Hey guys,
Let set A contain the integers 1-48 inclusive.
The sum of all the integers is 48-1+1=48 and so we use n(n+1)/2 to get 1176.
How do we sum just the odd numbers OR just the even numbers?
Think like Gauss. Gauss invented the formula for summing the first n integers by pairing up numbers. So, you paired up 1 with 48, 2 with 47, 3 with 46, and so on. Those sums are all the same: 1 + 48 = 49, 2 + 47 = 49, etc. How many of those pairs are there? n/2. Hence, (n/2)(n+1) is the sum. I bet you could reproduce this thinking for just the evens or just the odds. What do you think?
Try this on for size: for the evens from 1 to 48, inclusive:
2 + 48 = 50
4 + 46 = 50
...
How many of these pairs are there? Well, there are 24 even numbers from 1 to 48, inclusive, so I'd say there are 12 pairs.
That is, the sum is equal to ... what do you think?
If you're not finding my hints helpful, please just say so, and I can try a different track. You're not following my reasoning at all. This forum's purpose is not to just give you the answer, but to help you own the answer for yourself. That won't happen unless you do most of the work. We'll help you get unstuck, but that's as far as we go.
Without disrepsect to the many clever solutions so far:
either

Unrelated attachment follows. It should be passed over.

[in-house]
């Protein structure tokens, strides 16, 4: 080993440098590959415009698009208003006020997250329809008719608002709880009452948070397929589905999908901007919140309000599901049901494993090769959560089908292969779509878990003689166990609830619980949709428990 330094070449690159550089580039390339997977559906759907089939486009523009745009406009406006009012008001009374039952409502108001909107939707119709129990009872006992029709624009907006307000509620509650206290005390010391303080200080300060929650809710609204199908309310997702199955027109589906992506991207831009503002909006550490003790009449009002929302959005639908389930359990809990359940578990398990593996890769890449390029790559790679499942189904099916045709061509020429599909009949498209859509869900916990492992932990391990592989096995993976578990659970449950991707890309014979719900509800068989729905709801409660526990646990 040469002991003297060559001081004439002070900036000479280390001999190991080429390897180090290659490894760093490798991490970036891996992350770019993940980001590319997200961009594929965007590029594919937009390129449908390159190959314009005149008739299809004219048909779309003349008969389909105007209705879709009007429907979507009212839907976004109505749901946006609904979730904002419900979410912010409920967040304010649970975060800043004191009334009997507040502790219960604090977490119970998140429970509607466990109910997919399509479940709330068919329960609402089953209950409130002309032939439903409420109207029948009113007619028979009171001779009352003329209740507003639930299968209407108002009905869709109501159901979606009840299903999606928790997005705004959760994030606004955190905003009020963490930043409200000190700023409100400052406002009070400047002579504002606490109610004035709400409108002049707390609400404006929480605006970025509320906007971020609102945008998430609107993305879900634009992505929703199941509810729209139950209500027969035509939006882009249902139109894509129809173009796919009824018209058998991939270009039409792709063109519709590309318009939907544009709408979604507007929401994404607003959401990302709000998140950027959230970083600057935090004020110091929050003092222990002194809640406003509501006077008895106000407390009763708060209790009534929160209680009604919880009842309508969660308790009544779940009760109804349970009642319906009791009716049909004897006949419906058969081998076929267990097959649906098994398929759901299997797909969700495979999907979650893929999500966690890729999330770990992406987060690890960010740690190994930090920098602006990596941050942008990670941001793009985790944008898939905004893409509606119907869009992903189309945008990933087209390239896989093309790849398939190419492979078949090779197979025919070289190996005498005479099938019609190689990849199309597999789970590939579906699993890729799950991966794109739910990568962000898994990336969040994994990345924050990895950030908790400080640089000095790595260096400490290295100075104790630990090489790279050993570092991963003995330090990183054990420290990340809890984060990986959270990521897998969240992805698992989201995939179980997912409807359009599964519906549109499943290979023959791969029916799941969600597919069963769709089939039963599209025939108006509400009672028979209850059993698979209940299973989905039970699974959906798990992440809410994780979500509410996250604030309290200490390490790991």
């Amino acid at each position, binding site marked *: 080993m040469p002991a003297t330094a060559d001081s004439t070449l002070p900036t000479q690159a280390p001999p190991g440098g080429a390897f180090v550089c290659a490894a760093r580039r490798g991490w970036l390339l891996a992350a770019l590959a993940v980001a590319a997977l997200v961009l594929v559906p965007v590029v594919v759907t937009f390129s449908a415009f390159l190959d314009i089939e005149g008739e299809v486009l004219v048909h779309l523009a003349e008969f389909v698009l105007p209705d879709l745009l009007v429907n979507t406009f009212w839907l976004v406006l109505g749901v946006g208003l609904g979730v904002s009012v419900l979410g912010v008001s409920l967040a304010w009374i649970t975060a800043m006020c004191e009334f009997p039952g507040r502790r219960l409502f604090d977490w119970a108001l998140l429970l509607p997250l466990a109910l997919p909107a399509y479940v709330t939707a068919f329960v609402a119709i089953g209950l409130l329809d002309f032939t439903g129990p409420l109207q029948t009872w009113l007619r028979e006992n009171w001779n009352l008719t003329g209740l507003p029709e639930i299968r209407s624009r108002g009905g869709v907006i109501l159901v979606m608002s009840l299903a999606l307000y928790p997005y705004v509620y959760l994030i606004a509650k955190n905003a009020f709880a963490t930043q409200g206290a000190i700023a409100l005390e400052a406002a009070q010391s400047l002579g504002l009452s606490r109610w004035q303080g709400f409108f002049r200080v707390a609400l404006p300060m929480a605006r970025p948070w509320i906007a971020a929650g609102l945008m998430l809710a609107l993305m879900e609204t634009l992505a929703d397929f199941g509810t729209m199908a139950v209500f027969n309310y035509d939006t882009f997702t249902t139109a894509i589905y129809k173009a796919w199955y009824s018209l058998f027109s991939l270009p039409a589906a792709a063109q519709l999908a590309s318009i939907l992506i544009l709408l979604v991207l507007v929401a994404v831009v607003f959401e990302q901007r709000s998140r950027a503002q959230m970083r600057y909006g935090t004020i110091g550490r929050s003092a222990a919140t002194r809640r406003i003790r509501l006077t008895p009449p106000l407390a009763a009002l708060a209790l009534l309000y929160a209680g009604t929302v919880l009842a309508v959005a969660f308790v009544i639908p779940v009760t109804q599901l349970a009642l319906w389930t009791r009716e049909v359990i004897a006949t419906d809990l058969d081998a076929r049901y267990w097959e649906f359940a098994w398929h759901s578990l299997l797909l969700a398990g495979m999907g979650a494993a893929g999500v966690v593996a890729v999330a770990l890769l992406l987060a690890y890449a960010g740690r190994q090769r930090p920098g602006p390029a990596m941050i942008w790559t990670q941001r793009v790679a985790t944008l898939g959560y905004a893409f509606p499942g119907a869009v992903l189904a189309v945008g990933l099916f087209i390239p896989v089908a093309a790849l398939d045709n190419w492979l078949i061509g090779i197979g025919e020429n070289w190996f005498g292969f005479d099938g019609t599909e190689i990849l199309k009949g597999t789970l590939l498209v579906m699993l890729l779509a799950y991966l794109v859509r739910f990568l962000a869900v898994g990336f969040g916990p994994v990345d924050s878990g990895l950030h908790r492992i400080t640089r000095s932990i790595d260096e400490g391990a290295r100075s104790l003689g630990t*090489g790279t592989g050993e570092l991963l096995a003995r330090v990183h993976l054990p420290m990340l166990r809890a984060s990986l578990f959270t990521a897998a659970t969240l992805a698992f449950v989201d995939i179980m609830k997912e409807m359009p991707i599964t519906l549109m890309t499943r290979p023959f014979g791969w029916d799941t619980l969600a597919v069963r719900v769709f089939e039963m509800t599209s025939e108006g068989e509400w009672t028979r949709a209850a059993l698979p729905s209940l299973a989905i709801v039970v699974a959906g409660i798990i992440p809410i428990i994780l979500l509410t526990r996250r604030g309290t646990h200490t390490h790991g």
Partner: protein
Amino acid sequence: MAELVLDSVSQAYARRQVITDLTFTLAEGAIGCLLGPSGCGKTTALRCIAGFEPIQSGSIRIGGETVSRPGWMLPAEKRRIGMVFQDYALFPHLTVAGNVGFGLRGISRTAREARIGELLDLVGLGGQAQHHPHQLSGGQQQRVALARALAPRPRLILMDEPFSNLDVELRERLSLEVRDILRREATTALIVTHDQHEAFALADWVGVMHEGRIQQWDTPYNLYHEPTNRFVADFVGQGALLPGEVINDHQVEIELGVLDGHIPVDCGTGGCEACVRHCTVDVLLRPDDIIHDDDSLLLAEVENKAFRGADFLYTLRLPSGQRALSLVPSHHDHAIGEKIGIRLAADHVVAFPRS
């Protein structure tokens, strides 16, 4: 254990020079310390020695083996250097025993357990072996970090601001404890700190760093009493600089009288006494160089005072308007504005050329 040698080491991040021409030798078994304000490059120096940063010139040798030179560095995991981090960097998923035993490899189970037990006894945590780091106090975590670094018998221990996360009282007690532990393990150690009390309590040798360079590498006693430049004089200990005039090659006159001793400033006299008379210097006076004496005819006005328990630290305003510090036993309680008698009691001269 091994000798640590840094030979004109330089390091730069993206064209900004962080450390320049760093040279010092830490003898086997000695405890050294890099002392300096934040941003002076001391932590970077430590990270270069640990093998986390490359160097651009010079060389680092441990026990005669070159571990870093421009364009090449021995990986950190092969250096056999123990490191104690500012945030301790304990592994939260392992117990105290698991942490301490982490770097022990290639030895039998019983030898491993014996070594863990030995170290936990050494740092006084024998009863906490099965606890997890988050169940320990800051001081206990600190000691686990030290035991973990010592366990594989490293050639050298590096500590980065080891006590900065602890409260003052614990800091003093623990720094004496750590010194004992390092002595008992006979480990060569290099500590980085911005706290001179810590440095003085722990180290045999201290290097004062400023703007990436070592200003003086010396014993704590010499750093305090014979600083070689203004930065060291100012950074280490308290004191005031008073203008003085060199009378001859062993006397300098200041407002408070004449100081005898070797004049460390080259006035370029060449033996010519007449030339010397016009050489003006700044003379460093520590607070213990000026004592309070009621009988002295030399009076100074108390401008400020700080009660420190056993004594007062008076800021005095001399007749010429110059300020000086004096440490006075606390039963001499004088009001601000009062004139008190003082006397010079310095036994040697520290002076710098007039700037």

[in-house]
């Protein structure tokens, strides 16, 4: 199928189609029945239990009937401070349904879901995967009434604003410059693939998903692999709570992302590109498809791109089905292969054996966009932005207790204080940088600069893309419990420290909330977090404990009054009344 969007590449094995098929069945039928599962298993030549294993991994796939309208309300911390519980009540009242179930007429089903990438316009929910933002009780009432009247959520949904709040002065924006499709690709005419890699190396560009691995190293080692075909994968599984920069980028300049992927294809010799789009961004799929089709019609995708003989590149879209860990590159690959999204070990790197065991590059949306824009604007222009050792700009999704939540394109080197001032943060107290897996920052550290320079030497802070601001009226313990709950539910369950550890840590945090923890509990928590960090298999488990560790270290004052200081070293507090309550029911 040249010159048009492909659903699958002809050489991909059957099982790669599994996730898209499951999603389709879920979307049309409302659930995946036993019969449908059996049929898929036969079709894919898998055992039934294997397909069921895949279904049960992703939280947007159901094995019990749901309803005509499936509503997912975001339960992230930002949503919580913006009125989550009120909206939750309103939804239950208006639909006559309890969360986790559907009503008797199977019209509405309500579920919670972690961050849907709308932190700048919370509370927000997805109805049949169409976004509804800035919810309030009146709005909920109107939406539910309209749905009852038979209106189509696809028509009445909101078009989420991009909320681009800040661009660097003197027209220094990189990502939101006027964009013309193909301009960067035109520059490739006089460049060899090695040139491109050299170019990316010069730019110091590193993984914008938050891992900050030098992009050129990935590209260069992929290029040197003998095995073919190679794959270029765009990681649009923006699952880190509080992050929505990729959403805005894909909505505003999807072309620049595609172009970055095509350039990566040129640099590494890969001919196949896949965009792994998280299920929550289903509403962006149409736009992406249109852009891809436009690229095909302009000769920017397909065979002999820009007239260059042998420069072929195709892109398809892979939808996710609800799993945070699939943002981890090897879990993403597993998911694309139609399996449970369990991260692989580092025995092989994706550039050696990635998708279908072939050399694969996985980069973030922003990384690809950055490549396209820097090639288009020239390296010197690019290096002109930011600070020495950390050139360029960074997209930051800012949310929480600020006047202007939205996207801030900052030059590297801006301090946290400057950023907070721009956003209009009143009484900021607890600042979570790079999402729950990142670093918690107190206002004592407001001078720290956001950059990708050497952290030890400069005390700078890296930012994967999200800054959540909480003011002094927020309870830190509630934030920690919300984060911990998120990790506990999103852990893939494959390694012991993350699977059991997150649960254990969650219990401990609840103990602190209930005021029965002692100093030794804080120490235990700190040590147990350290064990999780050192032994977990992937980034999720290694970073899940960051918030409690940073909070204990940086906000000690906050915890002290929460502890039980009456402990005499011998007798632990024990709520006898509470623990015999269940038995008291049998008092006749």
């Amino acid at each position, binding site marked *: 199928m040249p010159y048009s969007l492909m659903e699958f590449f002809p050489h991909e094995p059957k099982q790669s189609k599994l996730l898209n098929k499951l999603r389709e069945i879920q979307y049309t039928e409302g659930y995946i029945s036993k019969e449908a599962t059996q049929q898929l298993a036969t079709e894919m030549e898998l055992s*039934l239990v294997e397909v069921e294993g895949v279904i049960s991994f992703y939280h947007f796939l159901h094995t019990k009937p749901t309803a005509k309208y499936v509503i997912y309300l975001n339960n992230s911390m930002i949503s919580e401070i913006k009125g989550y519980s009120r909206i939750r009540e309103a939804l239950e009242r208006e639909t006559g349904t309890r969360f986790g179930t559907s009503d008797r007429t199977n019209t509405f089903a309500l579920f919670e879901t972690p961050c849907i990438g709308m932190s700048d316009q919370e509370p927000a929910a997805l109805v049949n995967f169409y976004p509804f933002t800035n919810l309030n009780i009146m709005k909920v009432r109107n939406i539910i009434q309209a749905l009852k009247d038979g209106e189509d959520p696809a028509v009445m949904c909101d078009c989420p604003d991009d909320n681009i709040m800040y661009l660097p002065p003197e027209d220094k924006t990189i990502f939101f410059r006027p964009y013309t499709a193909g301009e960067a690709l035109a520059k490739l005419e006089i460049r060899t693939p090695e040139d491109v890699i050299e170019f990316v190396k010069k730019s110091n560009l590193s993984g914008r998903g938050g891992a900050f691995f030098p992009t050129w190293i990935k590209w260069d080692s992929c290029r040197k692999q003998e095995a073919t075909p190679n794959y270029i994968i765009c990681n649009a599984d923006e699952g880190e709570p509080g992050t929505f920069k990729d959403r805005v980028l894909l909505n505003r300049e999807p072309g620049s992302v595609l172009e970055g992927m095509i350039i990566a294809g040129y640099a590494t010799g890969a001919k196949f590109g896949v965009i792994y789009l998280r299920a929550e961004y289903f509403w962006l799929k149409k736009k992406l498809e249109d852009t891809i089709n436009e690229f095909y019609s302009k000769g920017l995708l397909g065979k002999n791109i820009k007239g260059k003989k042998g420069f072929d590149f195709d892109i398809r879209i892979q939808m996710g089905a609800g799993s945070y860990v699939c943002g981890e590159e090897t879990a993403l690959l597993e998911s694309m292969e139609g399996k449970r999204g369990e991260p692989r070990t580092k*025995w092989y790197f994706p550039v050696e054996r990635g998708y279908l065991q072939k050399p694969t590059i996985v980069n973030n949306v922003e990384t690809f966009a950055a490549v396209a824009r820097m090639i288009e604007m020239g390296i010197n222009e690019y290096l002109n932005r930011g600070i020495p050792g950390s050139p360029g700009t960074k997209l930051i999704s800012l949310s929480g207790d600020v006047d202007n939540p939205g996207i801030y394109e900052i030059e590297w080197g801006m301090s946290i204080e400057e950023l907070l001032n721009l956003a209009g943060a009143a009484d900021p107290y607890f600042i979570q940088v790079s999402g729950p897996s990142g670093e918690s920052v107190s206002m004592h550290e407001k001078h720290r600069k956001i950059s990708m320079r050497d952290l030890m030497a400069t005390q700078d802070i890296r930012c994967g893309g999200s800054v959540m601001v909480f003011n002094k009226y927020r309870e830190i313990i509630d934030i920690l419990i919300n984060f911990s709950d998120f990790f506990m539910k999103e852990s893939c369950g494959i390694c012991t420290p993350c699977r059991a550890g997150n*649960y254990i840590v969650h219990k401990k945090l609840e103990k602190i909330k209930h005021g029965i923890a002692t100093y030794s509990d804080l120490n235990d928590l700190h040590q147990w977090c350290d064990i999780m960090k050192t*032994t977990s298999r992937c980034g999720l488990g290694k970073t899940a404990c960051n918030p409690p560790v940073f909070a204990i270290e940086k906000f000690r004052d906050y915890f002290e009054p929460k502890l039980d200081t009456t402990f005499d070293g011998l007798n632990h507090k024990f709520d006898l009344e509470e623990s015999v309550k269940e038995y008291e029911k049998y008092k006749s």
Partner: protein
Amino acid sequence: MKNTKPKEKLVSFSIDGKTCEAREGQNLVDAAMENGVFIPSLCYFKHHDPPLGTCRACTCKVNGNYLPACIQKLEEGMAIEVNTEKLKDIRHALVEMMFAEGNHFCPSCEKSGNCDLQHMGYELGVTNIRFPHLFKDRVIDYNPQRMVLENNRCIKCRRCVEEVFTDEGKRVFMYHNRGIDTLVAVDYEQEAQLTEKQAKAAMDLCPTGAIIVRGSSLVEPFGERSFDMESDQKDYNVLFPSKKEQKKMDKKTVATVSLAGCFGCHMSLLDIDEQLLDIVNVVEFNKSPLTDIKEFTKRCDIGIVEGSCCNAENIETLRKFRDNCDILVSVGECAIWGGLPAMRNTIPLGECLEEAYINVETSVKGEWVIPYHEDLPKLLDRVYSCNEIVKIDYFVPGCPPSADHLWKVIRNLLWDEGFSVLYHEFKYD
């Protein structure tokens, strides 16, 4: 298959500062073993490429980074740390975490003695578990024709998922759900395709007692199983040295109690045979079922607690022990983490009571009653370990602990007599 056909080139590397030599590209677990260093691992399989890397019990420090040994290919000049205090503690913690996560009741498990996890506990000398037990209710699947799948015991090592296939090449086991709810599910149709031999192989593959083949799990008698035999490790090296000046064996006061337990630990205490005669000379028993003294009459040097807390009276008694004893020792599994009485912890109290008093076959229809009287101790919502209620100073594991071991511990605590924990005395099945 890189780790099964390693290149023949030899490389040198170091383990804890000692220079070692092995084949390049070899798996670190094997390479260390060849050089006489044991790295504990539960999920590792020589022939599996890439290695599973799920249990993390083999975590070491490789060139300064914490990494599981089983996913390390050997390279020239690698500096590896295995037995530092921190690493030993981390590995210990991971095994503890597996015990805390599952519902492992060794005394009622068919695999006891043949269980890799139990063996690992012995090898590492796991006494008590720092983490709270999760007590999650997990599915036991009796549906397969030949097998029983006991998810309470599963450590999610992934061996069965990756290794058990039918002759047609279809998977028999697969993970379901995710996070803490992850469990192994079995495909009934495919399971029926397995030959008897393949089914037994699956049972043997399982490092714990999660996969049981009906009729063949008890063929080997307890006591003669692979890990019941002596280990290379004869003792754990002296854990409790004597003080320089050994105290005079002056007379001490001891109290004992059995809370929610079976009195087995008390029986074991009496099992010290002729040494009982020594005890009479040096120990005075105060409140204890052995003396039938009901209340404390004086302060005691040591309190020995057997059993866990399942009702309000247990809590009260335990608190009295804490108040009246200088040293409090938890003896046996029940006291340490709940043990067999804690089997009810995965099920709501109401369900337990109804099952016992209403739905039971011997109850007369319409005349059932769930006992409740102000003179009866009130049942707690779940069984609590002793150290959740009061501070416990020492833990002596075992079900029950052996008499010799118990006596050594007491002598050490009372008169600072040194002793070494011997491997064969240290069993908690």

1,3,5,7,9,....,47 is a linear progression and there are standard methods for summing those. It can easily be transformed into a hypergeometric progression (with ratio 1) and there are also standard methods for summing those.
or
You have a formula for the sum of all integers in the range, and undefined gave you a clever formula for the sum of all even numbers in the range. The sum of all odd numbers is the difference between the two
ie
1+2+3+4+5+....+47+48 = 1176 (in question)
2+4+6+8+...48 = 600 (from undefined's clever post)
So
1+3+5+7+9+...47 = 1176-600
What about this trick...I think it works for almost everything:
Use formula a+(n-1)+d=x
where a= first number in progression, d=difference in progression and x=last number in progression. Solve for n.
Then, take n(a+x)/2=Sum of numbers.
So, if we want to sum the odd numbers, we see that we havev 1+3+5+...+47
a=1 and d=2 and x=47.
1+2(n-1)=47
n=24.
(24(48))/2=576
I think you can use this to find all even, odd, numbers divisible by 7 etc etc
Hello, sfspitfire23!
Here's a kooky method . . .
Set $\displaystyle A$ contain the integers 1 - 48 inclusive.
The sum of all the integers is: .$\displaystyle \frac{(48)(49)}{2} = 1176$
How do we sum just the odd numbers OR just the even numbers?
$\displaystyle \text{We have: }\;\begin{array}{ccccccc}
\text{Even} &=& \overbrace{2 + 4 + 6 + \hdots + 48}^{\text{24 terms}} & [1] \\ \\ [-3mm]
\text{Odd} &=& \underbrace{1 + 3 + 5 + \hdots + 47}_{\text{24 terms}} & [2] \end{array}$
$\displaystyle \text{Subtract [1] - [2]: }\;\text{Even} - \text{Odd} \:=\:\underbrace{1 + 1 + 1 + \hdots + 1}_{\text{24 terms}} $
$\displaystyle \text{Hence: }\;\text{Even} - \text{Odd} \;=\;24 \quad\Rightarrow\quad \text{Even} \;=\;\text{Odd} + 24 $
$\displaystyle \text{Since }\,\text{Even} + \text{Odd} \:=\:1176,\,\text{ we have: }\:(\text{Odd} + 24) + \text{Odd} \;=\;1176 $
. . $\displaystyle \text{Hence: }\;2\text{(Odd)} \:=\:1152$
$\displaystyle \text{Therefore: }\;\begin{Bmatrix}\text{Odd} &=&576 \\ \text{Even} &=& 600 \end{Bmatrix}$